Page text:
Journalists should never shoot the messenger. Especially since the messenger is often one of them.
But when I proposed changing SPJ’s name to the Society for Professional Journalism, some SPJers took to heart the expression, “Consider the source.” Here’s my favorite example.
Phil Rudell, the treasurer of the Central Ohio chapter, described my effort to his constituents like this…
A poorly worded proposal to change the name of the organization to the Society for Professional Journalism. This came from Region 3 Director (and all-around gadfly) Michael Koretzky, which undoubtedly contributed to its defeat.
…which raises three questions:
- How was it poorly worded? I thought I was pretty damned articulate.
- Am I really such an asshole that any idea of mine instantly sucks?
- Isn’t being a gadfly a good thing? The dictionary definition is, “a person who stimulates or annoys especially by persistent criticism.” Which sounds a lot like a journalist.
Luckily, changing SPJ’s name – and mission – has avid support from less gadfly-ish SPJers than me.
I’m 48 years old and served on SPJ’s Name Change Task Force. Last month, we turned in our report, which recommended (over my objection) SPJ keep its name the same.
But this paragraph was key…
The majority of those surveyed indicated an opposition to the name change, but we note that the vast majority of those who participated in our focus groups represented members 30 and older. Thus the very group that we are aiming to reach was the least represented.
…and in fact, no one on the task force was under 30. Phil Rudell, the gadfly-hating guy I mentioned above? He’s retired.
Old-time SPJers across the country told the task force the name change was “unnecessary” (Georgia), “goofy” (Washington State), and will “accomplish nothing” (Massachusetts). My favorite comment came from a retired professor who joined SPJ in 1954…
I can’t see any compelling reason to take any more time than necessary to dispose of this suggestion and get on about our business. Continued dedication to the goals of the society in turbulent media times is what’s needed.
Right. Stay the course. Because that always works.
Thankfully, many SPJers both younger and wiser than me favor a name change and all that comes with it.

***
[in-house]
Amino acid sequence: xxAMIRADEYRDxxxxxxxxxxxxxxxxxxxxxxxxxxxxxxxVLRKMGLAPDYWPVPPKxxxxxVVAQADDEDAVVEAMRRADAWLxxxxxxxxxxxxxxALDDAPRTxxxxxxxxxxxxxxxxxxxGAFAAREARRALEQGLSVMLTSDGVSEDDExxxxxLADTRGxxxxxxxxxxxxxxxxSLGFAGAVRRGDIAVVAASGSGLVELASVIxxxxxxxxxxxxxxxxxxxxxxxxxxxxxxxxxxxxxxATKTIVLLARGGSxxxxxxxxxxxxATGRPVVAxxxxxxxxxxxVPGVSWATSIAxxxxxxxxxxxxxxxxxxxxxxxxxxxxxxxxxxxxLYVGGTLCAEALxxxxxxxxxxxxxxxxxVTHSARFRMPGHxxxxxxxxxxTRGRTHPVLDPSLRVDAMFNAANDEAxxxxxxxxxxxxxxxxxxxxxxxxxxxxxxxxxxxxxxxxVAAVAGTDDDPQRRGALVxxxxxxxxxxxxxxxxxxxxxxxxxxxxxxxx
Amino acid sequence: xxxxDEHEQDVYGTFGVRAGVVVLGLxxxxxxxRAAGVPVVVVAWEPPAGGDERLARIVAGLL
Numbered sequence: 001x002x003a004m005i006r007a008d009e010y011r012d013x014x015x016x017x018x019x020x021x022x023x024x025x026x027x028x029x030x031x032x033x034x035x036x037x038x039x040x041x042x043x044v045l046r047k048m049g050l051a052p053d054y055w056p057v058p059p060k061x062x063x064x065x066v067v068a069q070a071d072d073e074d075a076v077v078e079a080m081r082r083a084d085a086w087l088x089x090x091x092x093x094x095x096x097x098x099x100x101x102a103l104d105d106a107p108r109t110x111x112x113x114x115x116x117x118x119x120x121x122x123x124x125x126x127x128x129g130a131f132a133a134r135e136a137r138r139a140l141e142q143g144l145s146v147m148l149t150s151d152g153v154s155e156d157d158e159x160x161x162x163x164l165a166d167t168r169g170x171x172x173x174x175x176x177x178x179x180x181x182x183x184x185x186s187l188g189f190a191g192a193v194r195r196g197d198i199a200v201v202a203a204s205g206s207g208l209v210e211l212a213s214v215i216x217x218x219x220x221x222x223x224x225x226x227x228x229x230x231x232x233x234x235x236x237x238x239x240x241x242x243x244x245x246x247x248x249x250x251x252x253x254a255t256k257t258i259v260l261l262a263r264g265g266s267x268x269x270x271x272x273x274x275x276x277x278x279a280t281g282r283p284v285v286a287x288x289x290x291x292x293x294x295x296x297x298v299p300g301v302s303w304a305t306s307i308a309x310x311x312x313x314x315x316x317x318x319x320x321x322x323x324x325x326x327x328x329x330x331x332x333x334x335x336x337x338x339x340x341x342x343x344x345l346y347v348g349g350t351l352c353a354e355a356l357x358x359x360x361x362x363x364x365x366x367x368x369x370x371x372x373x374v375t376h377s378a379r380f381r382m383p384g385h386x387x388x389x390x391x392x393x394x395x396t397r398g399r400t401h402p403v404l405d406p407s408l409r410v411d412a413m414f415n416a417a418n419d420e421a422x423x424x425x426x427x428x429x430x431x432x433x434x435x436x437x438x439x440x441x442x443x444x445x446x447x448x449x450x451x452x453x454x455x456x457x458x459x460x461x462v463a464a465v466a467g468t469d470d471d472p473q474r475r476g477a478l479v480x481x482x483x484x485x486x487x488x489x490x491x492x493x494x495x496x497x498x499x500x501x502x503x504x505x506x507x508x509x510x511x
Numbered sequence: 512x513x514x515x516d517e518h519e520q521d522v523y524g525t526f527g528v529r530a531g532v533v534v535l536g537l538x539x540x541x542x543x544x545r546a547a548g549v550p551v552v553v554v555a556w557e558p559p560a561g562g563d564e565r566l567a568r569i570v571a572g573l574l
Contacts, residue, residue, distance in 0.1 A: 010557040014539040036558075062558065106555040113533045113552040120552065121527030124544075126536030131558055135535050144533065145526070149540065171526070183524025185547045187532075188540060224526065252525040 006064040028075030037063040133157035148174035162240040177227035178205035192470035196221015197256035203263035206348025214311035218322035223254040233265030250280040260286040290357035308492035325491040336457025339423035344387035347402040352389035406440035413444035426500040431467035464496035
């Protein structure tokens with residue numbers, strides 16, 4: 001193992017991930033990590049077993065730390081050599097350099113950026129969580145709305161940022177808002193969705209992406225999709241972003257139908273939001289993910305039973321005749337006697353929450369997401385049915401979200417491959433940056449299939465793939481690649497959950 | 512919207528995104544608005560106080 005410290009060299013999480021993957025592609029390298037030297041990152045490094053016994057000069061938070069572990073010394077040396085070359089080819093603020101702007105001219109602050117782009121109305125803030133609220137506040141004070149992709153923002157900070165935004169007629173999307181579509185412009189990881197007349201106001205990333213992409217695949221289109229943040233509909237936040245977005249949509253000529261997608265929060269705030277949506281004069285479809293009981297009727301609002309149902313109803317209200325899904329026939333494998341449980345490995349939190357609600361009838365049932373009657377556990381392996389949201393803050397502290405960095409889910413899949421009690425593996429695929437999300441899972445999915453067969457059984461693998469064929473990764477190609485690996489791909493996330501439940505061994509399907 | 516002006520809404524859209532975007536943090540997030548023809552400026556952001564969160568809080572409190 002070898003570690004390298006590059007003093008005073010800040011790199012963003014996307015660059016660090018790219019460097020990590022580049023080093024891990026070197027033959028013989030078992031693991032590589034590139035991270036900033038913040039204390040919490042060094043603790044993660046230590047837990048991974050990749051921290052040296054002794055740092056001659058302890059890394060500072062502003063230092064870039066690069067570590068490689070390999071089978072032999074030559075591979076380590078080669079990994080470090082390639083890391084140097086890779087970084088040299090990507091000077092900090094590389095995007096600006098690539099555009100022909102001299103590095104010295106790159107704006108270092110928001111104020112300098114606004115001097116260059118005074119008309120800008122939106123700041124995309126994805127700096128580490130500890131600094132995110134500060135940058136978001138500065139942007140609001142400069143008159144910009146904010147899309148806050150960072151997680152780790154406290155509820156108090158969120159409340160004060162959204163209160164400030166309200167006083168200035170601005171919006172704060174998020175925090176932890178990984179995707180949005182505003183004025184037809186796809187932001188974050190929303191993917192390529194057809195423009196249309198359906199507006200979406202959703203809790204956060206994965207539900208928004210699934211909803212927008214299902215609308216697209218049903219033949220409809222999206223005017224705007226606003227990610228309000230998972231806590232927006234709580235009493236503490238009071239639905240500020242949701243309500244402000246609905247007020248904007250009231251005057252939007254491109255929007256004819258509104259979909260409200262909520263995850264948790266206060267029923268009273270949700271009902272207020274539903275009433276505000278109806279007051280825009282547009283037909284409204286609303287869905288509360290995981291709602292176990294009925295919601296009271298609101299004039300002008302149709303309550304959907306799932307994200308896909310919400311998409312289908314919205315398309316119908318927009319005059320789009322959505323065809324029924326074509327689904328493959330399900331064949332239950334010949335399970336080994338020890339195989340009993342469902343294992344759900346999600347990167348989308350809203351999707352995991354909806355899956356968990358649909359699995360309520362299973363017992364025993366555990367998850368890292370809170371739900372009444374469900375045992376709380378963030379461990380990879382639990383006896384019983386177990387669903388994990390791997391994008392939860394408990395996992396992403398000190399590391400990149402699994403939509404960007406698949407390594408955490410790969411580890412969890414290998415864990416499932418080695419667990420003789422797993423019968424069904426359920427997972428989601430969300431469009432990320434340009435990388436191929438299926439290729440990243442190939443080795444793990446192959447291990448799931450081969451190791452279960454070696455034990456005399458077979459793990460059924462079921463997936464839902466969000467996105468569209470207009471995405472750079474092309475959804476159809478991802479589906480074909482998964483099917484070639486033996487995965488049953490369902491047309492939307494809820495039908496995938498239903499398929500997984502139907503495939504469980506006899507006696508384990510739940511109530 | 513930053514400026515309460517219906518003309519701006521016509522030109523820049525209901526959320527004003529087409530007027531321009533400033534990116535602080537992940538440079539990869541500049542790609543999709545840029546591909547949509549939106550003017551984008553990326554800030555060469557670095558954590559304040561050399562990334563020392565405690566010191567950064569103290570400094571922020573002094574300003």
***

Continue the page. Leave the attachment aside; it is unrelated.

Here’s a half-dozen of them in their own words – a youth movement vs. no movement…
She’s the lifestyle tech columnist for The Seattle Times and sits on the advisory board for the Poynter Institute for Media Studies. In SPJ, she’s vice president of the Western Washington chapter and was one of Quill magazine’s “20 Journalists to Follow on Twitter”…
Anyone can commit acts of journalism. Anyone. The witness with an iPhone, the stakeholder with a passion, the person who tells her side of a critical story and the guy who broadcasts a rumor without taking steps to see if it’s true. Our democracy turns on the information that’s out there, and the information that’s out there is not shared exclusively – sometimes not even primarily – by people who would call themselves professional journalists.
If we believe that journalism is essential for democracy, why would we serve and inspire only some of the people who practice it? There should be a Society for Professional Journalism. It’s what this world demands.
Two weeks ago, the chapter’s board voted unanimously to support changing SPJ’s name and expanding its mission. All of the chapter’s officers graduated from college within the past seven years. (And lest you think they’re too young to excel, they won Large Chapter of the Year when they were even younger – in 2010.)
Says chapter president Jason Parsley (class of 2007)…
SPJ Florida understands the need to evolve. There are far more people in this country that support journalism versus journalists. Those people are potential members. Those people are our future.
The definition of journalist has devolved into an almost meaningless term. With the rise of blogs and social media, anybody can practice journalism. That’s why it’s so important to expand our mission and broaden our base. It’s time for our organization to grow – not shrink.
He’s special projects manager for Air Force Magazine and was previously managing editor of Florida’s largest gay publication. He’s a former SPJ national student board member, former vice president of SPJ Florida, and a current D.C. Pro member…
This organization by any other name would remain just as diverse. Thing is: SPJ already IS the Society for Professional Journalism. It’s just in denial about it – probably the same it was when it opened its doors to women five years after the Civil Rights Act.
Let’s be loving parents who are empathetic and attempt to teach, instead of being embittered aunts who are self-pitying and self-destructive. We have a great opportunity to be a beacon of education and light for a confused media and its more confused laborers.